Inside Biden's push to keep tech secrets from China
The Biden administration is ramping up its work with the G7 to prevent leaks of sensitive technology to China — and discussing how to keep investments from the U.S. and its allies from funding China's defense industry, officials say.
Why it matters: U.S. officials want to safeguard a narrow set of industries crucial to national security and a high-tech military, including quantum mechanics, artificial intelligence and semiconductors.
- But top officials acknowledge they need to work with the G7 and other European allies to protect the technologies of today — and tomorrow.
Driving the news: G7 countries' representatives — who hash out much of a summit’s agenda before the leaders arrive — are gathering in Japan this weekend, and discussions on how to curb technology to China will be on the agenda, according to officials.
- President Biden will travel to Hiroshima, Japan, for the G7 leaders’ summit, which opens May 19.
- A highly anticipated executive order from Biden on outbound investment restrictions could come as soon as the G7.
- “Small yard, high fence,” is how National Security Advisor Jake Sullivan described the general approach in a speech last October.
The big picture: After Congress made noises about placing its own restrictions on investments last year, the Biden administration has been working on an executive order to make a first attempt to stem the flow of private money to certain technologies in China.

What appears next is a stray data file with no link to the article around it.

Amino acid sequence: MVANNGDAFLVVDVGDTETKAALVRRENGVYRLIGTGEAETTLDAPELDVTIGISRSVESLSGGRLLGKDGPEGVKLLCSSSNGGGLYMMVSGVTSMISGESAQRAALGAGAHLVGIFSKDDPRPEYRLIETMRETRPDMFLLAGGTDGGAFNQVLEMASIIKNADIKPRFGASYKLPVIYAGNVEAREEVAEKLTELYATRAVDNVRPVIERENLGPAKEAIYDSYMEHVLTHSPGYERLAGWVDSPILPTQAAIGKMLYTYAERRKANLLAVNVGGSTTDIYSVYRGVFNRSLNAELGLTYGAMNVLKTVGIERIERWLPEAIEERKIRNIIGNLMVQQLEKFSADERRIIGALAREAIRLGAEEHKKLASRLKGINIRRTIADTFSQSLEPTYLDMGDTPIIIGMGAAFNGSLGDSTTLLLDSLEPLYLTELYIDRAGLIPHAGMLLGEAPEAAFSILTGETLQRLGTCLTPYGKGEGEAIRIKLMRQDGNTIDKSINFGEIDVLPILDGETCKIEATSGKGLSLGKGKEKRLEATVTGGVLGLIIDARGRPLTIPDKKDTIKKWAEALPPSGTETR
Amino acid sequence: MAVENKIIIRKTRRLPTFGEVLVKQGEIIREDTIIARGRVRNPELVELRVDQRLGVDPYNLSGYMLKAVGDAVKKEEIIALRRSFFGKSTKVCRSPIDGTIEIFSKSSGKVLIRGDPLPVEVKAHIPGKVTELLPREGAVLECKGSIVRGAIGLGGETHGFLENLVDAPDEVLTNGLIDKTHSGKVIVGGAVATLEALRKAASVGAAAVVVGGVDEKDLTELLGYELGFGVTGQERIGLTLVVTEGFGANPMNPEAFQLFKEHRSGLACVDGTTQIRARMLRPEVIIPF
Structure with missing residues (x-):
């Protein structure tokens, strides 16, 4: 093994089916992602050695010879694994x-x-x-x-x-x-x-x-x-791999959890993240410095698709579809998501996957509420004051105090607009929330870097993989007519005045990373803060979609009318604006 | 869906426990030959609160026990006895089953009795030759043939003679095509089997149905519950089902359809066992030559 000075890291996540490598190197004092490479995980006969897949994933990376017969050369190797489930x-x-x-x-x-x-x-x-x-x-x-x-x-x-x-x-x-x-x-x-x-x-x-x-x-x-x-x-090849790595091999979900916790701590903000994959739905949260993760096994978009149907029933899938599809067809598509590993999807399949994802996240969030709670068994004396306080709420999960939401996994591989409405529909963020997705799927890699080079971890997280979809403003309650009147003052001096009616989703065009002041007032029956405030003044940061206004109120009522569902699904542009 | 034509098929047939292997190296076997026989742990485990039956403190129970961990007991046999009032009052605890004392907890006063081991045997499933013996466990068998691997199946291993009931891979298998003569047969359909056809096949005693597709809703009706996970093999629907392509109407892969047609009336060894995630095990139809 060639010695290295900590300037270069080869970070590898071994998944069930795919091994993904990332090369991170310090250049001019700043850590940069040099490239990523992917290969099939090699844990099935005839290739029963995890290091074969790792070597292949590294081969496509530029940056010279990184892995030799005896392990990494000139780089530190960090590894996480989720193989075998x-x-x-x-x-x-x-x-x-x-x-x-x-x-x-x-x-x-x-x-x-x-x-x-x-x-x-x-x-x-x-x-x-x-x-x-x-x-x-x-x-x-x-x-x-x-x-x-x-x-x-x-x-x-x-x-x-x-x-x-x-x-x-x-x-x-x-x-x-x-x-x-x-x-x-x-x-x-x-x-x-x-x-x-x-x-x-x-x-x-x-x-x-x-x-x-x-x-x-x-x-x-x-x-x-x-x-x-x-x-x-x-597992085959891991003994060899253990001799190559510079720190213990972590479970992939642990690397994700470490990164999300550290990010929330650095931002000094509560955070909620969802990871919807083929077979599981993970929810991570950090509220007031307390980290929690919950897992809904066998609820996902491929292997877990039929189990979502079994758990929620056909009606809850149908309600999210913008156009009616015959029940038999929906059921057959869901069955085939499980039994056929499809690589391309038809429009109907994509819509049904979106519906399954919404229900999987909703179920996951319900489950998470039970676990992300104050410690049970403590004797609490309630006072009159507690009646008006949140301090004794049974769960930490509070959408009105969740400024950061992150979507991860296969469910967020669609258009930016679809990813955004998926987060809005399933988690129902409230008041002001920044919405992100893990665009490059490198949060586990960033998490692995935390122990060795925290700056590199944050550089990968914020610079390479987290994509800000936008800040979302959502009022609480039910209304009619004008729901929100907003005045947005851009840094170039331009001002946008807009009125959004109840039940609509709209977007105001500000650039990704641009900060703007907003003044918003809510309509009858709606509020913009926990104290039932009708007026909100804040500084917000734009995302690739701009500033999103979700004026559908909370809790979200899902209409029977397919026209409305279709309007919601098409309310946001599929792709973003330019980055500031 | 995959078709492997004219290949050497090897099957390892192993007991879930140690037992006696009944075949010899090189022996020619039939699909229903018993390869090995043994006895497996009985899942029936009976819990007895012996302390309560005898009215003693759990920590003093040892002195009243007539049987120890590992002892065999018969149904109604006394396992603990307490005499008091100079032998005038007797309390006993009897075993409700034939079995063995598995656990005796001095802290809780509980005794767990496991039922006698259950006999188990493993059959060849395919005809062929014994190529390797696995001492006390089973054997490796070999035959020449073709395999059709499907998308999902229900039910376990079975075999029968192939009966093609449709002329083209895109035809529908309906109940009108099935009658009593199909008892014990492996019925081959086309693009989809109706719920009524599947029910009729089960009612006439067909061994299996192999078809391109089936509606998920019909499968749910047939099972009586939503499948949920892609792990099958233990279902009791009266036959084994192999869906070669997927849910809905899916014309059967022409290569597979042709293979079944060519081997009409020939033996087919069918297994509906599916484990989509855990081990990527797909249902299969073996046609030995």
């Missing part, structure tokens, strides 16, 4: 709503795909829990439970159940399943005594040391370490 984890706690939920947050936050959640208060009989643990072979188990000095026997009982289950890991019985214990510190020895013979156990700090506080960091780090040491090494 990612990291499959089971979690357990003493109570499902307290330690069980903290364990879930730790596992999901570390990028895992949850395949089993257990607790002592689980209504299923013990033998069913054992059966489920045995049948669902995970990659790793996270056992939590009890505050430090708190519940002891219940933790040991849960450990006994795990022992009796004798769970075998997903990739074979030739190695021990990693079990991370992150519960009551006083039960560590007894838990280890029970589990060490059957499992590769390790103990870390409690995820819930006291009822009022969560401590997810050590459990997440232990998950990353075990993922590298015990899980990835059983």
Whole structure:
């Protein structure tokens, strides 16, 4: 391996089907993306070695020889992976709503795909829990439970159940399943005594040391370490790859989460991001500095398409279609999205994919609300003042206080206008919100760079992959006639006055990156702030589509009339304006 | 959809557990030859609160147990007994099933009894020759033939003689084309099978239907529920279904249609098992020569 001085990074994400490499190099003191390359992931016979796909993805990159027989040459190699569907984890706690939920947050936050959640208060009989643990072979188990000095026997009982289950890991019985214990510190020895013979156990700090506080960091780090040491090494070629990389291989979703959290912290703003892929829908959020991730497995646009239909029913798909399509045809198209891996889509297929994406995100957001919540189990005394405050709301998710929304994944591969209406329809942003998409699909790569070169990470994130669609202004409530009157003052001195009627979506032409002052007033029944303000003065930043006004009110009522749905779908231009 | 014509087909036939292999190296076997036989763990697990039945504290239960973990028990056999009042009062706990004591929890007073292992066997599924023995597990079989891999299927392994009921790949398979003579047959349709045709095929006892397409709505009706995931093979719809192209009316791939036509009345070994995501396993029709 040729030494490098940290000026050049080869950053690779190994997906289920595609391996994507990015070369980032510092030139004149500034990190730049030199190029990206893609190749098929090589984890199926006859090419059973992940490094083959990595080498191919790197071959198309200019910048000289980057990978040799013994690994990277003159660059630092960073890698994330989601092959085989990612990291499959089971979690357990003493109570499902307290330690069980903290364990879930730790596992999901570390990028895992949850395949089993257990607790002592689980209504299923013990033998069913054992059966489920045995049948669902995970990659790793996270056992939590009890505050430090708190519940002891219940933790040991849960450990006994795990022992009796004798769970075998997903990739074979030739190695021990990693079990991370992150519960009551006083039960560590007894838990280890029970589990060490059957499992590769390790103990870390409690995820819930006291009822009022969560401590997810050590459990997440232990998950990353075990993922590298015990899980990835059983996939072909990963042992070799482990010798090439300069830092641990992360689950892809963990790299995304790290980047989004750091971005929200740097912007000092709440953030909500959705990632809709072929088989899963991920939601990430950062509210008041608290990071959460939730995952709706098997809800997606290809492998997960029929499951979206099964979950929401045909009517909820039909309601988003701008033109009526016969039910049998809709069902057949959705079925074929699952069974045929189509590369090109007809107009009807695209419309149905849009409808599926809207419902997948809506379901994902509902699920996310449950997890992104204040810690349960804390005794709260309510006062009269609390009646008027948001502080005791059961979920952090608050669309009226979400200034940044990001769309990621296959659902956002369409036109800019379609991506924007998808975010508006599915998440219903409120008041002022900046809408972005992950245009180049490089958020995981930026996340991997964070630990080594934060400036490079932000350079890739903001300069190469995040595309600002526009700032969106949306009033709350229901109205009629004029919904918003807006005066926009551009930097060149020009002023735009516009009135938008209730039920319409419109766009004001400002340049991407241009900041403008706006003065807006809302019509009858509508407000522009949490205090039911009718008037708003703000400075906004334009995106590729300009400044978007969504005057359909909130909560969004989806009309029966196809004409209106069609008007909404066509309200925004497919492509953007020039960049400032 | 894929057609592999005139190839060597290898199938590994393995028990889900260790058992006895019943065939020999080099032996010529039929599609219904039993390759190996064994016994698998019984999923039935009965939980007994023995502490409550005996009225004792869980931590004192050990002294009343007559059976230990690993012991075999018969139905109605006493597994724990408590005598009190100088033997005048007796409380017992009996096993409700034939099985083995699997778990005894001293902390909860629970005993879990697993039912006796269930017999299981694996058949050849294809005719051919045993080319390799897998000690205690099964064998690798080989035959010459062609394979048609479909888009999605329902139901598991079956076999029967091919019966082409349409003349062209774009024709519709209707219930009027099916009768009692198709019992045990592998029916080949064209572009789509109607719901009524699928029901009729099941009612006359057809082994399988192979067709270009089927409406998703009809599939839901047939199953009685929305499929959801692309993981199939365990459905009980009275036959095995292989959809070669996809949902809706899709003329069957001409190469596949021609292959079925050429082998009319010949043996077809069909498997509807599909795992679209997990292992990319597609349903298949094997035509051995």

- As officials work to refine the order, they have been consulting with think tanks, industry groups, and major Wall Street and Silicon Valley investors.
Flashback: Last October, Biden imposed expansive restrictions on the kind of semiconductor technology and equipment that can be shared with China. One analyst described the new policy as “strangling with an intent to kill.”
What we’re watching: After Biden met with European Union President Ursula von der Leyen in March, they issued a joint statement that reflected progress on the outbound investment issue.
- “We have a common interest in preventing our companies’ capital, expertise, and knowledge from fueling technological advances that will enhance the military and intelligence capabilities of our strategic rivals, including through outbound investment,” the leaders said.
- Officials saw that statement as validating the administration's multi-lateral approach toward preventing sensitive technology from finding its way into China.
Be smart: An executive order by the U.S. is a first stop, but the administration also wants to ensure that the yard they're protecting with a high fence doesn't have any backdoors.